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J Cell Sci. 2015 Dec 1;128(23):4263-72. doi: 10.1242/jcs.178574. Epub 2015 Nov 13.

Structure and function of longin SNAREs.

Author information

1
Université Paris Diderot, Sorbonne Paris Cité, Institut Jacques Monod, CNRS UMR 7592, Membrane Traffic in Health & Disease, INSERM ERL U950, Paris F-75013, France.
2
Université Paris Diderot, Sorbonne Paris Cité, Institut Jacques Monod, CNRS UMR 7592, Membrane Traffic in Health & Disease, INSERM ERL U950, Paris F-75013, France david.tareste@inserm.fr.

Abstract

Soluble N-ethylmaleimide-sensitive factor attachment protein receptor (SNARE) proteins constitute the core membrane fusion machinery of intracellular transport and intercellular communication. A little more than ten years ago, it was proposed that the long N-terminal domain of a subset of SNAREs, henceforth called the longin domain, could be a crucial regulator with multiple functions in membrane trafficking. Structural, biochemical and cell biology studies have now produced a large set of data that support this hypothesis and indicate a role for the longin domain in regulating the sorting and activity of SNAREs. Here, we review the first decade of structure-function data on the three prototypical longin SNAREs: Ykt6, VAMP7 and Sec22b. We will, in particular, highlight the conserved molecular mechanisms that allow longin domains to fold back onto the fusion-inducing SNARE coiled-coil domain, thereby inhibiting membrane fusion, and describe the interactions of longin SNAREs with proteins that regulate their intracellular sorting. This dual function of the longin domain in regulating both the membrane localization and membrane fusion activity of SNAREs points to its role as a key regulatory module of intracellular trafficking.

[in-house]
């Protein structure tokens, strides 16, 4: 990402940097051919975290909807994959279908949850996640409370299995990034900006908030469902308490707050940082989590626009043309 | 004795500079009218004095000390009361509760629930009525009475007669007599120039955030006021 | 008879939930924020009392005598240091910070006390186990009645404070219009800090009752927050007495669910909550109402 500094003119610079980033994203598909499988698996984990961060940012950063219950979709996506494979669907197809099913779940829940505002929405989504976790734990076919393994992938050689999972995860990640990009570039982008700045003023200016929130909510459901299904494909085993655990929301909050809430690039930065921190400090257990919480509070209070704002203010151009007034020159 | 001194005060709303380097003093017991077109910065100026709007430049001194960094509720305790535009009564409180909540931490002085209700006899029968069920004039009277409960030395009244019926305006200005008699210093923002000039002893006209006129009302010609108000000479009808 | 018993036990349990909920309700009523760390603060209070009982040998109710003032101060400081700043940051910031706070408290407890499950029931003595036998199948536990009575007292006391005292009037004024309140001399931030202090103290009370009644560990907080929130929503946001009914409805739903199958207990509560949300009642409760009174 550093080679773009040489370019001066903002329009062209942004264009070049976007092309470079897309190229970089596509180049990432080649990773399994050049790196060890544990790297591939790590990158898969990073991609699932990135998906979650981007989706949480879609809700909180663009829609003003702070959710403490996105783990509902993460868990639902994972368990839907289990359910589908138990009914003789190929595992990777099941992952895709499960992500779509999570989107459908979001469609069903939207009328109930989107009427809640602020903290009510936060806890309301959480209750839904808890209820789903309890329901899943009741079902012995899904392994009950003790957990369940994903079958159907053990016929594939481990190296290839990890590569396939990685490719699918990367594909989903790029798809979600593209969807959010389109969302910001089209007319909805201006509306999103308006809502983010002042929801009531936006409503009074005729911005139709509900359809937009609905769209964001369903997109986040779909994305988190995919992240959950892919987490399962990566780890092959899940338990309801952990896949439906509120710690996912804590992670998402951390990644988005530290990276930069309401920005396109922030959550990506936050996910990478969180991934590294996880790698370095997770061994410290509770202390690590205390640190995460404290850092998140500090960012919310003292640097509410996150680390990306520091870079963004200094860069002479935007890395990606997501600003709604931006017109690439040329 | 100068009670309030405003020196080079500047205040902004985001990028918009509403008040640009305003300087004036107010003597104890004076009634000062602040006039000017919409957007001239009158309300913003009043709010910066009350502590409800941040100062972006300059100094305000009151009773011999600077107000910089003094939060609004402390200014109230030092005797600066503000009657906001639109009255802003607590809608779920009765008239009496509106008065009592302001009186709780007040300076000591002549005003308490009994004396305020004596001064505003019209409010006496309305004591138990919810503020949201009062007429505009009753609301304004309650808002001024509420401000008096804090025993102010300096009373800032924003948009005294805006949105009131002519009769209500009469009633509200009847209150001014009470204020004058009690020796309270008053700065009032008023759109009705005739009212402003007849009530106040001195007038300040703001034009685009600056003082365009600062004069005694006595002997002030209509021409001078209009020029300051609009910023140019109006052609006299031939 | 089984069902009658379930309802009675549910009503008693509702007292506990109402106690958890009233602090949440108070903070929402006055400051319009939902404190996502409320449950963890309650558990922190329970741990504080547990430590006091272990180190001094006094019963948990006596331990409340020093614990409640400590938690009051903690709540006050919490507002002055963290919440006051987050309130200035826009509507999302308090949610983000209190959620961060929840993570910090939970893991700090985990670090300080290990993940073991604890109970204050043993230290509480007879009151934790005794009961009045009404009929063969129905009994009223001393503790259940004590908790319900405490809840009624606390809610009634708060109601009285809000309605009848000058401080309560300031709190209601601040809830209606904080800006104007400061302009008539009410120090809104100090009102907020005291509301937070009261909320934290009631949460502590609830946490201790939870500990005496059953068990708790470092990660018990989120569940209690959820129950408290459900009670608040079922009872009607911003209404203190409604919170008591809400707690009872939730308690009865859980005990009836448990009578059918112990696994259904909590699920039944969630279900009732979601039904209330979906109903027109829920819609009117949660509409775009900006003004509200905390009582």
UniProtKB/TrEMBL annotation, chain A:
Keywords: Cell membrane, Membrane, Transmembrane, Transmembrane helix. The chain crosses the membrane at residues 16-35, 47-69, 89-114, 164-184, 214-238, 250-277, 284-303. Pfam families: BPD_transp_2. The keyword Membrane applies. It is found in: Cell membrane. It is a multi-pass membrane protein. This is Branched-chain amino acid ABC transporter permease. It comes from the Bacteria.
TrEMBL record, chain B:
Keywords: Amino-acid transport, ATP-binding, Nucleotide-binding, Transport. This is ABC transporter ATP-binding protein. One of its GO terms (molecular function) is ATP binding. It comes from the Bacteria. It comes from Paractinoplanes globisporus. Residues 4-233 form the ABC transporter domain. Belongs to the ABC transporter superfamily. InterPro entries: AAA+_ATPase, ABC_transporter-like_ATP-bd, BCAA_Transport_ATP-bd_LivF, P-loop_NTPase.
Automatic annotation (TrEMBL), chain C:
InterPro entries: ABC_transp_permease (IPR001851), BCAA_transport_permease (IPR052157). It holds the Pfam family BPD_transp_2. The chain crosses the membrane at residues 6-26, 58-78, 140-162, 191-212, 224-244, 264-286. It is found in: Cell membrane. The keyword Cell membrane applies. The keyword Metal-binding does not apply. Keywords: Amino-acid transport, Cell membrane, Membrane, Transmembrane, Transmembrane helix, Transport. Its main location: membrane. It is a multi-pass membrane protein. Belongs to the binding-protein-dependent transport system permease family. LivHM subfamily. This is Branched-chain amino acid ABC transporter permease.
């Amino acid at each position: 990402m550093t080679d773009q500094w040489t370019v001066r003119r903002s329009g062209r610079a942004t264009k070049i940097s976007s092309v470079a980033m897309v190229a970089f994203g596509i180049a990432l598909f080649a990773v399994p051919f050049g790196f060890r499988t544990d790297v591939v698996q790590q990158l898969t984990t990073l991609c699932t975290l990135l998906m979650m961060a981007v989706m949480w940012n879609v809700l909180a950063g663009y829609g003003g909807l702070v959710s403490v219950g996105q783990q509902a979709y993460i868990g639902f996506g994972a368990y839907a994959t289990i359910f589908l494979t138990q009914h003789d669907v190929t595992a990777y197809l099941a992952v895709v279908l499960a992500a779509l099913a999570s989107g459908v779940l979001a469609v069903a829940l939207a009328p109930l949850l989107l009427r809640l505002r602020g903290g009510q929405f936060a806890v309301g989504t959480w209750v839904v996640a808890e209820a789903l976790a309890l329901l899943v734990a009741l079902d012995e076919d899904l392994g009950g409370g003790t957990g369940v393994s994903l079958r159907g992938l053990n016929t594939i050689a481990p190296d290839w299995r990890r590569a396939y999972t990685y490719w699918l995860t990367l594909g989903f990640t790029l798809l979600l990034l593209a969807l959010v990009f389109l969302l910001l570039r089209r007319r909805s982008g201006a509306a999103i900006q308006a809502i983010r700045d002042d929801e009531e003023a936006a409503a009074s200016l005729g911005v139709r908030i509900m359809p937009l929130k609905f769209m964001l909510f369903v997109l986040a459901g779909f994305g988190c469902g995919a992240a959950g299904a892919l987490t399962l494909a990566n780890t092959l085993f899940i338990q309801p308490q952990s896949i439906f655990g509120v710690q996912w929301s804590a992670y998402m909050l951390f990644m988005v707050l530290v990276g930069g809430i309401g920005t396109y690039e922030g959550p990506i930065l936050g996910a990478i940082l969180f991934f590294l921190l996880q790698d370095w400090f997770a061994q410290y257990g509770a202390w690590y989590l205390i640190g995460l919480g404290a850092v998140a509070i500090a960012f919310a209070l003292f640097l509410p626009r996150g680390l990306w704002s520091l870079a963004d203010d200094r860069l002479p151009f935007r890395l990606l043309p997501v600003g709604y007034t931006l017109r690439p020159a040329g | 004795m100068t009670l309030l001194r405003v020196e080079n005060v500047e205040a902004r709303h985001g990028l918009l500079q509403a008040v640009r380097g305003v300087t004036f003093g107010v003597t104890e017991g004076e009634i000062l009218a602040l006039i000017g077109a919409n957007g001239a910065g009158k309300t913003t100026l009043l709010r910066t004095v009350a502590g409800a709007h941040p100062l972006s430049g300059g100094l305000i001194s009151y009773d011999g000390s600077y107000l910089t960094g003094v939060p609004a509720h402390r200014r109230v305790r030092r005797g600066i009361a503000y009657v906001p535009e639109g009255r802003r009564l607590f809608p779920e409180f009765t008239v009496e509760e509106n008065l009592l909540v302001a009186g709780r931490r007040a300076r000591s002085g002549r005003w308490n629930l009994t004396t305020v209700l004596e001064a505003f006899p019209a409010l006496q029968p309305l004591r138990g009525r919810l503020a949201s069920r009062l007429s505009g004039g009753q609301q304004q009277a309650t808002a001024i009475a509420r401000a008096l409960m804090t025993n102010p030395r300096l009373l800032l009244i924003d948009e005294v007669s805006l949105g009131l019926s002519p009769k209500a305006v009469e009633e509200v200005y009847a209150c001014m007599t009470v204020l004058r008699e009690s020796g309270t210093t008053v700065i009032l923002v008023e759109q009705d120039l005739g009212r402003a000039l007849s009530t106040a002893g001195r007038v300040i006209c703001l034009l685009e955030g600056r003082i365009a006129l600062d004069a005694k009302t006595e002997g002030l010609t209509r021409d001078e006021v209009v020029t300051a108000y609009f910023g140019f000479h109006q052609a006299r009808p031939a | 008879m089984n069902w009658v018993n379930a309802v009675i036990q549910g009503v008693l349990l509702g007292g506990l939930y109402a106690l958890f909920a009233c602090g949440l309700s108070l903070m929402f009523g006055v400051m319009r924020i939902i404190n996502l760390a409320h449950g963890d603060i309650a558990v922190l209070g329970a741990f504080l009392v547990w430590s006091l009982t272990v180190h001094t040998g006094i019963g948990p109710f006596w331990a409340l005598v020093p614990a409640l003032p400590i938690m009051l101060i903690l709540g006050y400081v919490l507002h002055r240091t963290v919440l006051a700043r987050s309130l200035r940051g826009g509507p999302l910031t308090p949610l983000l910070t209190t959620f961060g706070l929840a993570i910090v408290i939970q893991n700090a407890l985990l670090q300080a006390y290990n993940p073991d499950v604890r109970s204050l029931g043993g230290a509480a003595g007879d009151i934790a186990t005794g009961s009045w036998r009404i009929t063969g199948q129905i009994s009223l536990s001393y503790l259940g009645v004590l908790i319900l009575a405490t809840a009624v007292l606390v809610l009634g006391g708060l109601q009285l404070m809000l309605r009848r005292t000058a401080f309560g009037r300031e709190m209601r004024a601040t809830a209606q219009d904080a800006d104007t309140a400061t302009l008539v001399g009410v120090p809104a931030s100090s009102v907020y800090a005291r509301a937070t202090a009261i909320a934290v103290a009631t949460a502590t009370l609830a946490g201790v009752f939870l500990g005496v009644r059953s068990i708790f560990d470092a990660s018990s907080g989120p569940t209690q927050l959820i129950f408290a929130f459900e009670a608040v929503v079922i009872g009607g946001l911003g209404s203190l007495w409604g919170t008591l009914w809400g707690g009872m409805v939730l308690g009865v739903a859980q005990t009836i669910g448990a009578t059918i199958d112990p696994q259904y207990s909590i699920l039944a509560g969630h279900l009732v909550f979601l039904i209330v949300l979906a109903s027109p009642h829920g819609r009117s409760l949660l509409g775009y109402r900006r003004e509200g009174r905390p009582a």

KEYWORDS:

Lipid transfer; Longin; Membrane proteins; SNARE; Vesicular trafficking

PMID:
26567219
DOI:
10.1242/jcs.178574
[Indexed for MEDLINE]
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